Release announcements, helpful tips, and community discussion


Cerb (8.2) is a feature upgrade released on October 30, 2017. It includes more than 56 new features and improvements from community feedback.

To check if you qualify for this release as a free update, view Setup » Configure » License. If your software updates expire on or after October 30, 2017 then you can upgrade without renewing your license. Cerb Cloud subscribers will be upgraded automatically.

Important Release Notes

  • Always make a backup before upgrading!

  • Cerb 8.2 requires PHP 7.0+ and MySQL 5.6+.

  • To upgrade your installation, follow these instructions.

  • The 8.2 update simplifies the configuration of sender addresses and signatures on groups and buckets. After upgrading, review your groups and buckets to verify that they have properly migrated to the new format.

Custom Records

Create new record types from the browser

New record types can be created from the UI without the need for plugins. Just like built-in record types, custom record types show up in the search menu, worklists, cards, links, custom fields, and itemized permissions in roles.

When creating new custom record types, a singular and plural label can be provided for use throughout the interface.

The possible owners (e.g. app, role, group, and worker) can be configured per record type. A record with no owner types may be edited by anyone. When a record can only be owned by Cerb, it can only be modified by admins and their bots. Custom records owned by roles, groups, or workers are consistent with the behavior of built-in records.

See: Create records for anything without using plugins

For instance, an academic institution can create custom records for courses, instructors, rooms, and students. These can be related through record link custom fields:

You can then create new records with all the same functionality as the built-in records – autocomplete, choosers, cards, popup editors, worklists, profiles, custom fields, bot behaviors, etc:

Use custom records in bot behaviors

  • Implemented bot behaviors for custom record types.

  • Custom records types are now available as targets in Record changed bot behaviors.

Custom Fields

First-class records for custom fields

Implemented cards, choosers, worklists, and profile pages for custom field records. This consolidates custom field management between setup, custom fieldsets, and custom records. It also provides more room for implementing custom field feature requests. Custom fields can now be managed from the global search menu.

On worklists, record link custom fields are now included in the quick search menu. Record links can be searched by ID using a chooser, or with a deep search that can filter by any of the fields of the linked records.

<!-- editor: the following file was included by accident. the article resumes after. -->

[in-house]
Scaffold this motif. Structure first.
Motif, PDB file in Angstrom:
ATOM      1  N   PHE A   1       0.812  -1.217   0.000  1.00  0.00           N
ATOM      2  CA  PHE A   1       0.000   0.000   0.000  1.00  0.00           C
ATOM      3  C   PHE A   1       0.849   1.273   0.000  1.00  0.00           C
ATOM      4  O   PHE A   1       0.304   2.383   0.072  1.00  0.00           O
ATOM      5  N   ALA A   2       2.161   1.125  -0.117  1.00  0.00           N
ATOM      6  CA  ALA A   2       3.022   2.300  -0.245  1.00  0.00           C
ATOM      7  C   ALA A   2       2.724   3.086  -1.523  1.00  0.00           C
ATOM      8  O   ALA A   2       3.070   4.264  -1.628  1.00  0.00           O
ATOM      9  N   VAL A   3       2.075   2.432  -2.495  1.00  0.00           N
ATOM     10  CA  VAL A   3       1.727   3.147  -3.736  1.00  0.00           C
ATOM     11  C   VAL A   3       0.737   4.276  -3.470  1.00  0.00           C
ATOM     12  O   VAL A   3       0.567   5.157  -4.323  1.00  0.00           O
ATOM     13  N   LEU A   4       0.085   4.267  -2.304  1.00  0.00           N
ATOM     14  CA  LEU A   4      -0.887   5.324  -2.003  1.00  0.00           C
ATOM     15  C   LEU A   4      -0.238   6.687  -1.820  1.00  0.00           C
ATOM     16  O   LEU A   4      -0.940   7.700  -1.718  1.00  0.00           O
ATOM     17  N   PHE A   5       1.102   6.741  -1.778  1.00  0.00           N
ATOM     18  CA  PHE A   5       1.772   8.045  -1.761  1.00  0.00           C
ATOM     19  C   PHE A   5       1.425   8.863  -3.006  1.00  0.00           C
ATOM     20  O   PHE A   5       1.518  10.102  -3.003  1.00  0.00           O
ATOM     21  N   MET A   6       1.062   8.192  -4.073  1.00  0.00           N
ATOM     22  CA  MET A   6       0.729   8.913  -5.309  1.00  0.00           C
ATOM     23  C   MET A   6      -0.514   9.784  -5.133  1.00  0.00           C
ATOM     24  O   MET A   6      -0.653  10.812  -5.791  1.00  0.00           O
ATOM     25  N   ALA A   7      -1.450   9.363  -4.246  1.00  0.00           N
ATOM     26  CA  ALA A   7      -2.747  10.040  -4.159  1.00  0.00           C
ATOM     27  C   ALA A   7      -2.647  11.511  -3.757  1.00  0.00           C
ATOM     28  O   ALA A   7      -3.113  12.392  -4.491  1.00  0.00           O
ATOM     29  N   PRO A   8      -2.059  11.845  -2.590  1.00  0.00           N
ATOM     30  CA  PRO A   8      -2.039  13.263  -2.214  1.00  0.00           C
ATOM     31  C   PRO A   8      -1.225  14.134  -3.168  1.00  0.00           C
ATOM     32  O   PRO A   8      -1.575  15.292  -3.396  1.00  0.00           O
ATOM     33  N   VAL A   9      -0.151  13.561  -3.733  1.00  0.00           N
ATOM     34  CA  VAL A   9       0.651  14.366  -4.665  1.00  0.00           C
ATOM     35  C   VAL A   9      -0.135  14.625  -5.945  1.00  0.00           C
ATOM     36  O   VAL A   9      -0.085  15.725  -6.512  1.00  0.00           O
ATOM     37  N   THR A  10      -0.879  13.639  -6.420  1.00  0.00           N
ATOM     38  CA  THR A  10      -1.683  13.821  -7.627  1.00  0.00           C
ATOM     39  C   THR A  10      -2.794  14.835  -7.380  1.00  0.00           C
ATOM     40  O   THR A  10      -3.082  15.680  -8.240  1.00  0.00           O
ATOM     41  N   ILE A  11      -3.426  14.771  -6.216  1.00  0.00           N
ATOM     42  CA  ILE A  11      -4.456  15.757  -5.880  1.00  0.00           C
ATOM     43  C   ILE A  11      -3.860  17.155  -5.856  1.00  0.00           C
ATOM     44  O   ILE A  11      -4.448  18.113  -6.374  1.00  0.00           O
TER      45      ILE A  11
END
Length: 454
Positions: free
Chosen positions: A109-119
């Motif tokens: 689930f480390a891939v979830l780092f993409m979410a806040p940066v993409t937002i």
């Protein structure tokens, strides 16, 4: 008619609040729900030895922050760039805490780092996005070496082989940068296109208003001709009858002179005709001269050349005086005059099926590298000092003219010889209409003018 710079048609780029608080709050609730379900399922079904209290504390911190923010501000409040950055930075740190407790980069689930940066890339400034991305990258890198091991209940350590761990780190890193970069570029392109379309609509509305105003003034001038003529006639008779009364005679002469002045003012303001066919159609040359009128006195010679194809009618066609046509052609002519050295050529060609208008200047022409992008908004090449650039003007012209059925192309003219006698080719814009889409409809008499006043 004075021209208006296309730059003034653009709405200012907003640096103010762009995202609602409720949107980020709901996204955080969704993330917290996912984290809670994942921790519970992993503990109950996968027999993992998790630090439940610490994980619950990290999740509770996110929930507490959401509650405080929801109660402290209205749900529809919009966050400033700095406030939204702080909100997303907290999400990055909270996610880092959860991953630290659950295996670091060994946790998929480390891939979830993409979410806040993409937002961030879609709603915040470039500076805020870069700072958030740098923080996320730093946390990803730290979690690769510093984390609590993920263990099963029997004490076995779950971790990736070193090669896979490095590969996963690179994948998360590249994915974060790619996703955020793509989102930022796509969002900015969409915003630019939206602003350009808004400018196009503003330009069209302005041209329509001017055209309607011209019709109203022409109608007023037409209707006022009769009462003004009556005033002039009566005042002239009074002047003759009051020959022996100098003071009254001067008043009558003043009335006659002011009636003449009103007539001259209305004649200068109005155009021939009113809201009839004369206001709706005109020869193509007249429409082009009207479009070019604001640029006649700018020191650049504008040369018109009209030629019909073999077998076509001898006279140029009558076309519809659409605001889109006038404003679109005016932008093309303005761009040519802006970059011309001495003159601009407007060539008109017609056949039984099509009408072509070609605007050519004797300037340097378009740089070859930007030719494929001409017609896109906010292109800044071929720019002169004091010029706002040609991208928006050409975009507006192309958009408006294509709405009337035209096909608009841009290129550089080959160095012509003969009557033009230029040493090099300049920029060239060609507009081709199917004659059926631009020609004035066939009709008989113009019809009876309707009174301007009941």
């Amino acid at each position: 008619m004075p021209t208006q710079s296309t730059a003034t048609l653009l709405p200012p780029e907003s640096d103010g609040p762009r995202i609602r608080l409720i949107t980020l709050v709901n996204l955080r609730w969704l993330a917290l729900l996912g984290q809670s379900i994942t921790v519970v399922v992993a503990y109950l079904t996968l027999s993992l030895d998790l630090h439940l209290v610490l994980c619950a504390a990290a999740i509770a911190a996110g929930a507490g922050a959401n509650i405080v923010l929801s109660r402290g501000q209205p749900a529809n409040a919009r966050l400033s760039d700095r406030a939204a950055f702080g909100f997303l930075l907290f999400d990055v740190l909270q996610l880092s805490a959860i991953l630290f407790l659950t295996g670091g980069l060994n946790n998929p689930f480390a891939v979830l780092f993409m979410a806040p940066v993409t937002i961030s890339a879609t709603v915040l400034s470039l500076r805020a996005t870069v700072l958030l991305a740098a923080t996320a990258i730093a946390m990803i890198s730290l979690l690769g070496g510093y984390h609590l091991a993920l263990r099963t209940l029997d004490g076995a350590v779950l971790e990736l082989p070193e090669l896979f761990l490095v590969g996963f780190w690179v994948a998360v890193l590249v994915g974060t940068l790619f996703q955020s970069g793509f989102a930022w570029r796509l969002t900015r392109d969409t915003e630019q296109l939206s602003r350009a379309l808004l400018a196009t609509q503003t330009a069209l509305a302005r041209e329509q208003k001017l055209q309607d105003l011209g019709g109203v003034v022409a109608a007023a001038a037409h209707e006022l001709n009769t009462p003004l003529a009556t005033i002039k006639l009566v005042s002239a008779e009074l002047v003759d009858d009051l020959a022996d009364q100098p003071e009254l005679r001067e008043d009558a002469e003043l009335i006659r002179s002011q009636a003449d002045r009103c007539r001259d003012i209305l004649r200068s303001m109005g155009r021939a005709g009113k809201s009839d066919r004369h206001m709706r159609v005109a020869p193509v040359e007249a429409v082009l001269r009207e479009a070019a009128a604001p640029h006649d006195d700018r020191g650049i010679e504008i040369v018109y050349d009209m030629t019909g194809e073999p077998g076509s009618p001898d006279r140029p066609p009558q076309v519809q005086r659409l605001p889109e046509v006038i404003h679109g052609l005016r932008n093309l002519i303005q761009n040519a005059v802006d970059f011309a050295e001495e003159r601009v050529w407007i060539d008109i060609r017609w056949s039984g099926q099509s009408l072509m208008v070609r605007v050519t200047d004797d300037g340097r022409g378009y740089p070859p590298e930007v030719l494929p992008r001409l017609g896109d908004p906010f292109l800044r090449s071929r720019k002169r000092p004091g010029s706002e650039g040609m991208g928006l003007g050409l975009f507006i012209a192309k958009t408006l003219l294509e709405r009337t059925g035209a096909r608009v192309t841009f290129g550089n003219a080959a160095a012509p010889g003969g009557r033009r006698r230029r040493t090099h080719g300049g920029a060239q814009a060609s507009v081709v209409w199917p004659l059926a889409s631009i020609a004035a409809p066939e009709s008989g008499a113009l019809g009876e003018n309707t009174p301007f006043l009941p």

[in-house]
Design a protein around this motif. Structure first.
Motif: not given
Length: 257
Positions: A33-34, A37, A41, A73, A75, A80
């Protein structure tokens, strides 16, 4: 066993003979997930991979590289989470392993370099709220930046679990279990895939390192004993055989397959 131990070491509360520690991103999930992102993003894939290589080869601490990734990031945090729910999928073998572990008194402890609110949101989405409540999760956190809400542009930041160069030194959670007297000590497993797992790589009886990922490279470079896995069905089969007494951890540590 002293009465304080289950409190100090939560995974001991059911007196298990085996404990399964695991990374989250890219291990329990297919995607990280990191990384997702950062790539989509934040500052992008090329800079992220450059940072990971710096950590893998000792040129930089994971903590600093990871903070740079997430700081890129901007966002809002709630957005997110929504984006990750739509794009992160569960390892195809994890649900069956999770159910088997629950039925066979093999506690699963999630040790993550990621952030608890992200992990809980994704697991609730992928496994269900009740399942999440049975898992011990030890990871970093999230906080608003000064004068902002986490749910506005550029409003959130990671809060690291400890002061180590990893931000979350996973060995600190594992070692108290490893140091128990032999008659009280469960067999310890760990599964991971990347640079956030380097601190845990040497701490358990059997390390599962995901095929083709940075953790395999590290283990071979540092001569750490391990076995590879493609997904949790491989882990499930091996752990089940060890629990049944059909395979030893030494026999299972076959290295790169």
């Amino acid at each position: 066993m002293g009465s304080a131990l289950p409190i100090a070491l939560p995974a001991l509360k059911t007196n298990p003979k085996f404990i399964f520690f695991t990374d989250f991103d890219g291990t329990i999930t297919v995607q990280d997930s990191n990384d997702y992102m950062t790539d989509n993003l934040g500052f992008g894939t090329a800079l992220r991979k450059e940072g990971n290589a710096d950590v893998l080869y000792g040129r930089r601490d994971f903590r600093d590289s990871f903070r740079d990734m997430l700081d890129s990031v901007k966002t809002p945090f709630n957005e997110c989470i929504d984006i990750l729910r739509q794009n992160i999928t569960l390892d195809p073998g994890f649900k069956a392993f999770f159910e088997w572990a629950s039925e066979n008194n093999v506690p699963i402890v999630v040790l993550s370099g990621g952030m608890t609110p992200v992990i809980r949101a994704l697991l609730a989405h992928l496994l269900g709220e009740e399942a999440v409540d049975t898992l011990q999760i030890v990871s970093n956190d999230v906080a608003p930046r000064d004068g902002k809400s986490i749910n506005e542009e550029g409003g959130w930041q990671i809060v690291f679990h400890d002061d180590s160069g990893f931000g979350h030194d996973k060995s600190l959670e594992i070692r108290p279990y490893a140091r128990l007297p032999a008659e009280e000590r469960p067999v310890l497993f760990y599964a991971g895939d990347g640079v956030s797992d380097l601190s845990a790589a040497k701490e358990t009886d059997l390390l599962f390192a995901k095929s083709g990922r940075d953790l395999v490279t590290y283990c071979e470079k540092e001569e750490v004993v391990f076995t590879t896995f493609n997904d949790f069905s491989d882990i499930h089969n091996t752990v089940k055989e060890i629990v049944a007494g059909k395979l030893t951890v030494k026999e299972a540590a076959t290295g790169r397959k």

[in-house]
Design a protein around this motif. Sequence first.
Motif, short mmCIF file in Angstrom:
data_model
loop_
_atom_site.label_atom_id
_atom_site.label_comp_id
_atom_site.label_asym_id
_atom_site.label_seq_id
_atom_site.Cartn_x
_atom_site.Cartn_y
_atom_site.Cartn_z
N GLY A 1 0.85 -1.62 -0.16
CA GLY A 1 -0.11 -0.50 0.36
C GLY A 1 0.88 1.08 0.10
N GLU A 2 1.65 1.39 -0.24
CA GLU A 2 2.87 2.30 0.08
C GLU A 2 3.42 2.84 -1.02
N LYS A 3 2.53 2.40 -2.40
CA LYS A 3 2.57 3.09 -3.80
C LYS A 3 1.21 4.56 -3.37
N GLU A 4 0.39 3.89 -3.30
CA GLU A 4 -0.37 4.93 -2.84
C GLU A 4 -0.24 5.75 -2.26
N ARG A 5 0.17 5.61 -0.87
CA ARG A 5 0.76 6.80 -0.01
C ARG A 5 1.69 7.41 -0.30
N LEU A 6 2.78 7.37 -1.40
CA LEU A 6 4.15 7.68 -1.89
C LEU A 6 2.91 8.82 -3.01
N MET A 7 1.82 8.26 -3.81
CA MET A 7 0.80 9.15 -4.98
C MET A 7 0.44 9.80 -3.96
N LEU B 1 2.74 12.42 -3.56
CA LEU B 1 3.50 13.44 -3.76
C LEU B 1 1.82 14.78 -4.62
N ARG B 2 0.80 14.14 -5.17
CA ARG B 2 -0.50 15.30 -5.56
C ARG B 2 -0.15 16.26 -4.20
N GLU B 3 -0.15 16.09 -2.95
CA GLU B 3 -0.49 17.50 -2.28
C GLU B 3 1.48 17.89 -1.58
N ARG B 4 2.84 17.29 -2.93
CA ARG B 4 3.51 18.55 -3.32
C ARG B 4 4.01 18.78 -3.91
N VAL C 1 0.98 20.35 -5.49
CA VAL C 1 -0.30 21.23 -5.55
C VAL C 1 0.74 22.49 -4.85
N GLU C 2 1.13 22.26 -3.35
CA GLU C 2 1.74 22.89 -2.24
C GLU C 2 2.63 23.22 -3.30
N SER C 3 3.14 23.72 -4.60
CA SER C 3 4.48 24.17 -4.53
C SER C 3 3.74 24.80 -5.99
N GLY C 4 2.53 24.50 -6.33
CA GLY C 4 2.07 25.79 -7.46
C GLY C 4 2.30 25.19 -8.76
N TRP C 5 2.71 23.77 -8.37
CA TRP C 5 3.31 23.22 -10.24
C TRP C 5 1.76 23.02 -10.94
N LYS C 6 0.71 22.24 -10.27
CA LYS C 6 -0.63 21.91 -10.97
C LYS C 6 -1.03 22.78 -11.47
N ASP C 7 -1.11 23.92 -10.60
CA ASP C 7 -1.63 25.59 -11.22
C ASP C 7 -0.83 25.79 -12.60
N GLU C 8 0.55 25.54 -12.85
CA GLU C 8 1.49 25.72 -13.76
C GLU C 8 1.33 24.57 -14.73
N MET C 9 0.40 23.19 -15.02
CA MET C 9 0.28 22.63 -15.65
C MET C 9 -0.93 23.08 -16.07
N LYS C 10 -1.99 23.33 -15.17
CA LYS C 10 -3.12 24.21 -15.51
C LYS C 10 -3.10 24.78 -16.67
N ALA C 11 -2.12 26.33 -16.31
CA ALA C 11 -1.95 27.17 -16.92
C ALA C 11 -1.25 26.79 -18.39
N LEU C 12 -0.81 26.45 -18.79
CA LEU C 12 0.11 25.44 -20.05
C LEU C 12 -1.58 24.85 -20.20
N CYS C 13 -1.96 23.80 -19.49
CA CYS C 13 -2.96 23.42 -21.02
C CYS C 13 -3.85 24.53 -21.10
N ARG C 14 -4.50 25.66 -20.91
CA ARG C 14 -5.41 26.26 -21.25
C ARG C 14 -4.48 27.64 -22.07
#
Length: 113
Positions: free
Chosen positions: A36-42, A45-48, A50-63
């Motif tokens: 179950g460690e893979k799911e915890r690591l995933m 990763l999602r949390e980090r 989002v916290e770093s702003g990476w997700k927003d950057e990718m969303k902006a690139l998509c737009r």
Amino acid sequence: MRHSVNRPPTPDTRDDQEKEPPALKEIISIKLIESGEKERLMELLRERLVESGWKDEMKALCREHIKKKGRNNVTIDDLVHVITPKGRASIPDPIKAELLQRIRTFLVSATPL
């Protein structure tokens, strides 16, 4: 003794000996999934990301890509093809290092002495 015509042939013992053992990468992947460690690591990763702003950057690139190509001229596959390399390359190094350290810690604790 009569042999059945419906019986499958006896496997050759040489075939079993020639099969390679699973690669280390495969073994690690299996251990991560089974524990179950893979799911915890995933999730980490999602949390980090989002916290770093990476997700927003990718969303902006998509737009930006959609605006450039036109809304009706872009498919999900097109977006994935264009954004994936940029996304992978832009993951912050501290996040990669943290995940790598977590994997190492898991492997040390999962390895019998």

On worklists, columns containing a record link custom field will now open a card popup when available rather than redirecting to a full profile page.

On cards, custom record link fields now open their own cards. Previously these just displayed the text.

Worklists may now be subtotaled by custom record link fields.

Field count on custom fieldset cards

On custom fieldset cards, a search button shows the number of custom fields in the set. Clicking the button displays a worklist of the fields for quick configuration from anywhere.


Reminder records with notification behaviors

Added reminders as a new record type. A reminder record has some text, a target worker, a future date, and a list of reminder behaviors to run at that date. These reminder behaviors can be highly reusable and offer public parameters for customization.

For instance, every worker can share the same ‘Remind me by email’ reminder behavior.

By creating a new ‘Custom behavior on reminder’, the possible reminder methods are nearly unlimited (text message, email, notification, webhook, proactive interaction, etc).

A single reminder can run any number of reminder behaviors at the same time.

Reminders can be quickly created from the ‘Links’ menu on any record’s profile page or card popup. This also automatically links the reminder to the current record, and any number of additional links may also be manually added.

As records, bots can easily iterate, create, and modify reminders. Since each reminder has a single target worker, reminder behaviors can always use those placeholders (email address, mobile number, etc).

Reminders have their own profile page, which means every reminder always has a permalink URL that can be used in bot behaviors when sending email or text messages.

A new cron.reminders scheduler job is responsible for running reminder behaviors at the proper time. It is automatically enabled and set to run every minute.

In the past, reminders were implemented using more complex scheduled bot behaviors.

Unlike scheduled bot behaviors, reminders can be rescheduled or snoozed by simply editing them and changing their reminder date. The associated reminder behaviors will be reused and don’t need to be created again.

Create reminders from bots

Bot behaviors have a new ‘Create reminder’ action.

A global bot interaction can assist with creating reminders from any record or card:

A conversational bot behavior can confirm the details and create the reminder directly from the record:


Group-level mail defaults

Previously, an unnecessarily complex series of cascading defaults was used for mail settings: bucket, bucket reply-to, group inbox, group inbox reply-to, then default reply-to. This made it very difficult for people to understand where the defaults were coming from.

Outgoing mail defaults are now configured at the group level (i.e. send from, send as, HTML template, signature).

When a bucket doesn’t override these values, the group’s values are used.

This is much easier for people to understand, and allows for configuration directly on group or bucket records.

Simplified configuration of sender addresses